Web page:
LONDON — In King’s Cross railway station, at the approximate location of Platform 9¾ , there bustles a small commercial temple of the multibillion-dollar Harry Potter kingdom. Within the well-stocked walls of the Harry Potter Shop, you can conduct a merchandise sweep the likes of which might cause even He-Who-Must-Not-Be-Named to collapse in swooning contemplation of licensing checks yet to be cashed.

 Wizard chess sets, Gryffindor hoodies, book bags in Slytherin green and Hufflepuff yellow, scarves, wands, Dobby dolls and Hedwig keychains. For £9.50 (about $13) you can have your photo taken with the added caption, “Have You Seen This Wizard?” For £15 ($21) they’ll create a personalized acceptance letter to Hogwarts for you. At 11 a.m. on a recent Friday, the line for a chance to pose under the Platform 9¾ sign — the magical spot where Hogwarts-bound students pass through solid brick to board the school train — was 40 tourists deep.

It’s breathtaking, really, the array of items and the scale of the mercantile imagination — including, of course, the Harry Potter theme parks, the Lego sets, the video games — unleashed by J.K. Rowling’s seven Potter books and eight motion pictures. Estimates of the value of the enterprise range up to an astonishing $25 billion. And now, yet another Potter bauble is being peddled, one that is a lot more expensive than those that fill the shelves at King’s Cross. This would be the stage production that began running  this week at the massively overhauled Lyric Theatre in Times Square in New York: “Harry Potter and the Cursed Child,” a two-part, 5½ -hour stage sequel to the mega-popular Potter franchise. 

The double bill has been playing to sold-out houses in London’s West End for nearly two years, and now the Broadway incarnation, which features seven actors from the London original — including those who portray grown-up Harry Potter (Jamie Parker) and Hermione Granger (Noma Dumezweni) — is pretty much guaranteed to be a long-term tenant for the Lyric. As of early March, premium tickets (on sale already through March 10, 2019) could be found on the Ticketmaster website. Two seats in Row D in the orchestra for each of the play’s two parts in late March could be yours for a total of $1,217.50, including $58 in so-called service fees; on the scalping (or resale) websites, tickets are being hawked for between $300 and $1,000 apiece.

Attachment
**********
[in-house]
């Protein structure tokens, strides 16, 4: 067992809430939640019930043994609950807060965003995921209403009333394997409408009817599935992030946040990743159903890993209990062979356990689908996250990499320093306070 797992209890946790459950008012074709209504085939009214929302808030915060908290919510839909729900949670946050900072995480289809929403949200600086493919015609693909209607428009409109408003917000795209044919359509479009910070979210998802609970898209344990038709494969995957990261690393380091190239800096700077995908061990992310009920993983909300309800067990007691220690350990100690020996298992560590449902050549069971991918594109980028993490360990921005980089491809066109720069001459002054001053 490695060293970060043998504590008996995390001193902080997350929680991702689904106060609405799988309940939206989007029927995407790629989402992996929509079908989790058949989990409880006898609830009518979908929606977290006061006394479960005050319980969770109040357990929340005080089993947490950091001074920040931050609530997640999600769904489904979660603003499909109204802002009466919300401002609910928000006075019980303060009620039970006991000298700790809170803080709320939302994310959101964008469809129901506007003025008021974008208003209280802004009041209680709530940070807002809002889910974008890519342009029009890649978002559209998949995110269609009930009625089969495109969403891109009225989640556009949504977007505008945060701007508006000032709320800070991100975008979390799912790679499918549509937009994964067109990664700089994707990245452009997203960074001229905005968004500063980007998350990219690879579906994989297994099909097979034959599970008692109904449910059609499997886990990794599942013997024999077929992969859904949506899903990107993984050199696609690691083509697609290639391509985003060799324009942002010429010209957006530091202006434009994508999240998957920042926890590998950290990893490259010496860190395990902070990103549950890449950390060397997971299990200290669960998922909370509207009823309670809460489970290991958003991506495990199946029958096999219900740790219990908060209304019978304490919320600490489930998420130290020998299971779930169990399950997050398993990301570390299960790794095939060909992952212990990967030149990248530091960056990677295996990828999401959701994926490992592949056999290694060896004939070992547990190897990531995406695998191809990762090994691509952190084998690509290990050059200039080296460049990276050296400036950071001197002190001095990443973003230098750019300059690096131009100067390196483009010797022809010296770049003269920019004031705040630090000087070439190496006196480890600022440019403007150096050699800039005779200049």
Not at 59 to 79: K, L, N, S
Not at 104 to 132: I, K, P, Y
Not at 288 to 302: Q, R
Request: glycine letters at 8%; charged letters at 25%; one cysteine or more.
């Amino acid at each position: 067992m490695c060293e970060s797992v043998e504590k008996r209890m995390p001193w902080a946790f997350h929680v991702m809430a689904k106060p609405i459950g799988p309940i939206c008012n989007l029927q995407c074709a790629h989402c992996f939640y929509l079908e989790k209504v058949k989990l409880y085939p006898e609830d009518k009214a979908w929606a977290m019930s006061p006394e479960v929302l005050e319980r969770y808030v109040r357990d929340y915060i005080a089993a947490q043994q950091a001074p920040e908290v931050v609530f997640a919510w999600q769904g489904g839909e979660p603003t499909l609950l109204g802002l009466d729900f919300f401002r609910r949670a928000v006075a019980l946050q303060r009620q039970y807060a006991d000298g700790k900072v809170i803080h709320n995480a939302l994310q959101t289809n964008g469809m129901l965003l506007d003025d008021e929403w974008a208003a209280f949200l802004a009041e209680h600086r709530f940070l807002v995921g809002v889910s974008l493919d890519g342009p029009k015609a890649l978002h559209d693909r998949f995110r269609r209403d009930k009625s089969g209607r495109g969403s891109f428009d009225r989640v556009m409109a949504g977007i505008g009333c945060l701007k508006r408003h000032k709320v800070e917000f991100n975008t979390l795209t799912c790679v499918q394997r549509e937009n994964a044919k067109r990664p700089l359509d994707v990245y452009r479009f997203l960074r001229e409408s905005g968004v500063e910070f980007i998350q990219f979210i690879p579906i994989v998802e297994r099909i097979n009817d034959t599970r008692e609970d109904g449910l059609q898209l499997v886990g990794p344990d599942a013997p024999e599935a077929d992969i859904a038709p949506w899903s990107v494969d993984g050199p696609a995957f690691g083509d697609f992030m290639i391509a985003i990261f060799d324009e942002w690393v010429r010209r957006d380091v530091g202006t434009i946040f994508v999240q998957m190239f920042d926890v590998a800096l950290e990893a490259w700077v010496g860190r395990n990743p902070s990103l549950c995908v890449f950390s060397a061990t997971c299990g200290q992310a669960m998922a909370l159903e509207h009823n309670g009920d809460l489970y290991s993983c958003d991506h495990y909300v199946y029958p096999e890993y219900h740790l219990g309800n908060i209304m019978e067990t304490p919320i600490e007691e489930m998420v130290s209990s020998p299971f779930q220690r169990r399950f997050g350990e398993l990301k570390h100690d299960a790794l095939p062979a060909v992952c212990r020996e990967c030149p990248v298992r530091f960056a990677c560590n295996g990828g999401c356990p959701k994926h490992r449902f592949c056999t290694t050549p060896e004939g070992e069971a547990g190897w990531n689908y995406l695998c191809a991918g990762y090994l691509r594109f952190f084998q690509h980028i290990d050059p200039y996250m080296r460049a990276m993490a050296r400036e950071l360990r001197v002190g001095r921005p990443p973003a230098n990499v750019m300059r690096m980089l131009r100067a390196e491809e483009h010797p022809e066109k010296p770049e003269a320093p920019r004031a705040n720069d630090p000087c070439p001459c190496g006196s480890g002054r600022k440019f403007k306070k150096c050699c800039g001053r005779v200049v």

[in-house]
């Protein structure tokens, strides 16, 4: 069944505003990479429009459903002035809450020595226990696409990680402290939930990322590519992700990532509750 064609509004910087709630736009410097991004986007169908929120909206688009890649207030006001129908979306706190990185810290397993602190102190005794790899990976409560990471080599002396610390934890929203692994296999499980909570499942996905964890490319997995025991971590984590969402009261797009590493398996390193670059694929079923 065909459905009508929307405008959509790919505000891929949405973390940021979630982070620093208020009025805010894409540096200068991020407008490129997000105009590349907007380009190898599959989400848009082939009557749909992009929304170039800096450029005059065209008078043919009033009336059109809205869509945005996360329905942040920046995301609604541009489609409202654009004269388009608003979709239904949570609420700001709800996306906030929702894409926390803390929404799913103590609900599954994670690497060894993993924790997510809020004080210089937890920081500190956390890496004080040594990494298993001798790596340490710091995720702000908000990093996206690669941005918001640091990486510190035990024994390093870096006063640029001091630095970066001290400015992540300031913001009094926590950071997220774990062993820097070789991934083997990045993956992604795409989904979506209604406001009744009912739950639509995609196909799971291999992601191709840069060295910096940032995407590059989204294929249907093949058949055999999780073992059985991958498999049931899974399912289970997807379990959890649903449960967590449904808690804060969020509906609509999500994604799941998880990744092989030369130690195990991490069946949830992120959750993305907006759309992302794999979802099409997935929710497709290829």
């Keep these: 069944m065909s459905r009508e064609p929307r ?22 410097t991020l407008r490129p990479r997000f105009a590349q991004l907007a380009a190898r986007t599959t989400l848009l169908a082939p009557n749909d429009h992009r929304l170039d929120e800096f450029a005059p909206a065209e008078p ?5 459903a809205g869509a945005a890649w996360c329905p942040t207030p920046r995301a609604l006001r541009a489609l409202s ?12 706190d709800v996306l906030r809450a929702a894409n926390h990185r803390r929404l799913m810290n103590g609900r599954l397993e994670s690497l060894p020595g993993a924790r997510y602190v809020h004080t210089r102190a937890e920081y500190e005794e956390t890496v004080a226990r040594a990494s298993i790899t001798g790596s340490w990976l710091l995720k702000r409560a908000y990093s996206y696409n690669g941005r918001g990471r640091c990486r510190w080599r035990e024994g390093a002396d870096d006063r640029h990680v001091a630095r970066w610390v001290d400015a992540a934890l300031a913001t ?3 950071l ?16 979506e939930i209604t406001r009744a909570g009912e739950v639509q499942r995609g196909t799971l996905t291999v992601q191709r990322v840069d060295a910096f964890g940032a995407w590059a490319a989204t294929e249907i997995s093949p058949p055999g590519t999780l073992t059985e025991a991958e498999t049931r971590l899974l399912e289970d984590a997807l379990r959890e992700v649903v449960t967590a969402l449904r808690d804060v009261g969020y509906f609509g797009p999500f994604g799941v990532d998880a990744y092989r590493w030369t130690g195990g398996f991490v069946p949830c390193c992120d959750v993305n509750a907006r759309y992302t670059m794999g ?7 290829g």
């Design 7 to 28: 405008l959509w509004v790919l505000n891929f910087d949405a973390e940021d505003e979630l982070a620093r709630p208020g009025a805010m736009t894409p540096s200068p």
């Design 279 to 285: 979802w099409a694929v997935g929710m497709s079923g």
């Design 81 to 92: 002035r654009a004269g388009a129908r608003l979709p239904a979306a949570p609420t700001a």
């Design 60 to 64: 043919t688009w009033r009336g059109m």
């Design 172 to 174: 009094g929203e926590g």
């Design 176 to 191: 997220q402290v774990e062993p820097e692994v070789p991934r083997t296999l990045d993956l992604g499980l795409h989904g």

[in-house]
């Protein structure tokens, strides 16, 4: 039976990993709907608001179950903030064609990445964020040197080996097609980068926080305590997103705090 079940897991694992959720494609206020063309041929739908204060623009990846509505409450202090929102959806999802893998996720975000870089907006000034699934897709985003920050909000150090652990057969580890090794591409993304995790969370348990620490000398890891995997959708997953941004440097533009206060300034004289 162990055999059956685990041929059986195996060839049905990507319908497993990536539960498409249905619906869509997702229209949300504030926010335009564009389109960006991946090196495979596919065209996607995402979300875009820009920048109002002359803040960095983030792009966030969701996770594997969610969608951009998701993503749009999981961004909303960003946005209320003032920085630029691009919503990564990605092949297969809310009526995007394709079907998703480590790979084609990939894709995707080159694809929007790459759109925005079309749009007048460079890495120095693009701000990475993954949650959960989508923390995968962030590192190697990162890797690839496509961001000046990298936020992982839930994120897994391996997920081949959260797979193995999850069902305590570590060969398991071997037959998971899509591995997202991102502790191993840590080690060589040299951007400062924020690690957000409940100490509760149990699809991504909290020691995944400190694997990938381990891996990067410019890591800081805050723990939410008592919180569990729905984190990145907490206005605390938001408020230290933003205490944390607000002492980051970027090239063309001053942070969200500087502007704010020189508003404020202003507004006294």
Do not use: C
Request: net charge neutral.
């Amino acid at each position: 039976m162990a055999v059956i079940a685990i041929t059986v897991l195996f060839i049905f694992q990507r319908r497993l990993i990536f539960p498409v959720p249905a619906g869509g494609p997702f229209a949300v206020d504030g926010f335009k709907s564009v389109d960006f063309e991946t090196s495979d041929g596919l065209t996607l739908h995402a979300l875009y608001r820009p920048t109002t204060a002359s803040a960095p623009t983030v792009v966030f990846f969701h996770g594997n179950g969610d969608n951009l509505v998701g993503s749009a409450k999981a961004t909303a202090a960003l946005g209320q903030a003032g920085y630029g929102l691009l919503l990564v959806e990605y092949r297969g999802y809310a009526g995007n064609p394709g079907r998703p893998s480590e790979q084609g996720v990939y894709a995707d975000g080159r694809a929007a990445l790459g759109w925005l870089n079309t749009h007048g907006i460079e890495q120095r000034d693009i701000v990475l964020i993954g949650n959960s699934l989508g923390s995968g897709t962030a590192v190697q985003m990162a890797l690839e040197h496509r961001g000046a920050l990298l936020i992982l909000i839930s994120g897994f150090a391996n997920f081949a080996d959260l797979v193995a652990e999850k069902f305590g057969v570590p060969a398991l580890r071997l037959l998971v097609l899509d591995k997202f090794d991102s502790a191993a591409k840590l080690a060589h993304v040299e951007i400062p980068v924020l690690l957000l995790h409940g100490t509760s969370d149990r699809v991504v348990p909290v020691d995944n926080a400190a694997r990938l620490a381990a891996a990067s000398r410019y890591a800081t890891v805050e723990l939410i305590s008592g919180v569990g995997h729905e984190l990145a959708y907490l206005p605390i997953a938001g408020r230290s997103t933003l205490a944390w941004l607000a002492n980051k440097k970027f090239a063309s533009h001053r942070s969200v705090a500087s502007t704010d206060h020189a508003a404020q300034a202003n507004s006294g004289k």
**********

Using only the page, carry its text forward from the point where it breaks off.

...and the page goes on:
This is all good for the theater, is it not? A pair of shows with a certified fan base, a smash hit before its final dress rehearsal, a fantastic draw for families with a desire for comfort-food entertainment?

Well, maybe.

“Harry Potter and the Cursed Child” is a boon to Broadway in the sense that it bolsters a burgeoning entertainment business model, one that more than anything appreciates a sure thing, whether that is the musical stage version of “Aladdin’’ or “Frozen,” Bette Midler in a revival of “Hello, Dolly!” or Bruce Springsteen in an intimate concert. The production solves a real estate problem: what to do with a barn of a theater first refurbished in 1998 as the Ford Center for the Performing Arts (and later, the Foxwoods) that has proved difficult to fill successfully. (Both the original version of the musical “Ragtime” and the disastrous “Spider Man: Turn Off the Dark” sputtered to a close there.) And it nourishes a market that is ever more dependent on tourists, who now buy two out of every three Broadway tickets.

Still, despite the prizes the production has won and the critical plaudits it has received, the plays that have been concocted for the stage by Rowling; the show’s director, John Tiffany; and playwright Jack Thorne are more commerce than art.